Ngwarati Mashonga


Ngwarati is a Technician, Transport Economist and Supply Chain Management specialist with experience in Project Management, Fleet management, Transport Logistics, Specimen Transport Management, Supply Chain Management, Operations Management and Fleet Maintenance Workshop Set-up. He is the Project Director/PI for Diagnostic Transport in Liberia.
Ngwarati led the operations for Riders for Health-Liberia Ebola response during the West African Ebola outbreak (2014-2016). And led Riders for Health Liberia’s transition into a fully-fledged international organisation from its inception in 2015 to include support to the government of Liberia and partnering with international organisations including USCDC, USAID, WHO, World Bank etc.
That ability proved the versatility in his competence and ability in managing crisis. Ngwarati was instrumental in the set-up and supervision of a further seven Riders for Health country programs in the following countries, The Gambia, Nigeria, Kenya, Malawi, Zambia, Lesotho, and Zimbabwe from 1999-2016. In 2016 with colleagues in Africa led the establishment of Riders for Wellbeing International in the UK to support the work in Africa.
His rural African village upbringing in Zimbabwe made him to experience challenges encountered in managing of Transport for Health in Africa first-hand. For example, as a toddler, he had to be carried on his mother’s back for several hours to be attended for a Measles illness at a health centre almost 10km away from his village. To equip him to address the challenges Ngwarati was first trained as a motorcycle mechanic (attained skilled worker class 1) for four years in an African Government workshop in Zimbabwe (1992-1995) and experienced the progressive disregarding of standards in the management of fleets first-hand as the years went by. Standards like standardised driver/rider training and following process and procedures in maintaining vehicles and motorcycles viz preventive maintenance and road safety. He observed the same scenario being replicated in most Sub Saharan African countries he visited and worked in. From 1996 he has been working towards changing that.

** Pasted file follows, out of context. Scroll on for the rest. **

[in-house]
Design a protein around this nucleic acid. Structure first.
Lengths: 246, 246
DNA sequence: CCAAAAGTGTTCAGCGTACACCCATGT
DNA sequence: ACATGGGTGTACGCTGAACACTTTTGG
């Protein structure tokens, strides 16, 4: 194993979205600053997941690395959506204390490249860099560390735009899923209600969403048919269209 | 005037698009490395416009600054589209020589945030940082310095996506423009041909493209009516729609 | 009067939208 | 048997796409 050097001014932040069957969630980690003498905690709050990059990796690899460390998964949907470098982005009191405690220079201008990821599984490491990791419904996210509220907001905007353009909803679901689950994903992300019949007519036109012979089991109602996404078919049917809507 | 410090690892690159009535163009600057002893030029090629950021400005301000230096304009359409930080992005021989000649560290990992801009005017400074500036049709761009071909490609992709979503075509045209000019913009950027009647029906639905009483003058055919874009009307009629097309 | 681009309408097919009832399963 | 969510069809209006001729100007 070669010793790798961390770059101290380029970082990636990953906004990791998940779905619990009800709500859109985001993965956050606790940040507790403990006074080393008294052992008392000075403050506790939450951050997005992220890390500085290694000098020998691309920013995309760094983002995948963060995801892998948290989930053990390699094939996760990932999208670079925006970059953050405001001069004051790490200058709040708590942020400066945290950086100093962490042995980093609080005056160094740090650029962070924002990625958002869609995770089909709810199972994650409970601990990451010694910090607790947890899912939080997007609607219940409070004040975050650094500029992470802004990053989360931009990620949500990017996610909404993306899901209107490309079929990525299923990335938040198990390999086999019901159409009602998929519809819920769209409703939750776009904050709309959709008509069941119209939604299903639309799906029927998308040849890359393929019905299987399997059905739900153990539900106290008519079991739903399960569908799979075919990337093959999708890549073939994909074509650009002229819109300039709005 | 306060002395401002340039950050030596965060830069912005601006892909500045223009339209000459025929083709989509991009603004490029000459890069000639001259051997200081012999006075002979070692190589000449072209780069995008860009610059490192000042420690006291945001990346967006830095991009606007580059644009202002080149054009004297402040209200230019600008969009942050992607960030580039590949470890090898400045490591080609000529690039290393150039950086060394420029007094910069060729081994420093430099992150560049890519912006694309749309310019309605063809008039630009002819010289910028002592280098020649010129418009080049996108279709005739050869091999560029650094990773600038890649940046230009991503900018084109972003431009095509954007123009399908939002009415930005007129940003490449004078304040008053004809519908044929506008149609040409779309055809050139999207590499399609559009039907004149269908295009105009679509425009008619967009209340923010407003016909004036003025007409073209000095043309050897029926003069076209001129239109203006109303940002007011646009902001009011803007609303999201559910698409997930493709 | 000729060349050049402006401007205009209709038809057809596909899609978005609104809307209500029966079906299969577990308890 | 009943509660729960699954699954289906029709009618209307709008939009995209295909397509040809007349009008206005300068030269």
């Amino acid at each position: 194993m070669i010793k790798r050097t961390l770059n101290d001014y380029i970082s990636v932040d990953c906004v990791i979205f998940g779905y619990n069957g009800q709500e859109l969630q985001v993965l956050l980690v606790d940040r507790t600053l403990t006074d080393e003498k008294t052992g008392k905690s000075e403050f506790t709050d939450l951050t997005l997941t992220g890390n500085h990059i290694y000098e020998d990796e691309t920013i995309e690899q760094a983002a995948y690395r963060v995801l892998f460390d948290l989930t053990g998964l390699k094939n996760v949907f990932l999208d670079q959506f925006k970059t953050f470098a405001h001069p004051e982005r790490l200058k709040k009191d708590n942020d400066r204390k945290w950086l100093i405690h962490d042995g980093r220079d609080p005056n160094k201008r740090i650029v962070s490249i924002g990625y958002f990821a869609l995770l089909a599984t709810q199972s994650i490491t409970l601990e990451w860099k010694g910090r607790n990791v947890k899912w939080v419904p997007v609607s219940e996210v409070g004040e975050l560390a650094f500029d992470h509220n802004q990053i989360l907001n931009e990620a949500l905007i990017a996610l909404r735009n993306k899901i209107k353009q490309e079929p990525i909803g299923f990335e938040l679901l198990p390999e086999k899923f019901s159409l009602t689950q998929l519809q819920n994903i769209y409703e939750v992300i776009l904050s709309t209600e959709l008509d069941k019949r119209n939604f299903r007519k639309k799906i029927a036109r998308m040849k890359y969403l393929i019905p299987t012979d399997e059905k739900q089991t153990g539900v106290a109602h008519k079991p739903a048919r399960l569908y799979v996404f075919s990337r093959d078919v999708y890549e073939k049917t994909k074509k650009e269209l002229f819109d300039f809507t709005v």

Ngwarati is a holder of a bachelor’s degree in Commerce (with a specialisation in transport economics) from the University of South Africa (UNISA) and a master’s degree in supply chain and International logistics from the University of South Wales (USW), United Kingdom. He is a chartered member of the Chartered Institute of Logistics and Transport (UK) (CILT) and a Fellow at the Royal Society of Arts London (RSA). He has attended other leadership courses from the Leadership Trust (UK) and Oxford University and many other high-level conferences e.g., the annual Skoll conference in UK, US Centers for Disease Control and Prevention (CDC) conference in Atlanta etc
He gained working experience initially with Save the Children Fund (UK) in 1996 and then with Riders for Health for 20 years. Of which 10 years were spend in Zimbabwe, Africa, where he rose from being a technician to a Program/Country Director. In Zimbabwe he ran the most successful Riders program at the time from 2001-2006 managing over 1000 vehicles for the Ministry of Health and Child Welfare (inclusive of ambulances and motorcycles). The Zimbabwe program became a mother program for all other Riders programs in Africa. Systems and processes developed in the Zimbabwe program were replicated in other new countries. At the time Ngwarati using the Zimbabwe experience led the replications in The Gambia (2002) and Nigeria (1999). The other 10 years in the United Kingdom, rising from being a Field program coordinator to being Operations Director, at the time he was responsible for new product development, leading, replicating, and being the immediate supervisor of Riders for Health programs in Africa. From 2015 onwards he started to manage varied partnerships and cooperative agreement projects for USCDC, USAID, and WHO projects.
Ngwarati is also a Board Member for local UK charities and abroad including Nene Hall, Noor Medic (Germany) etc.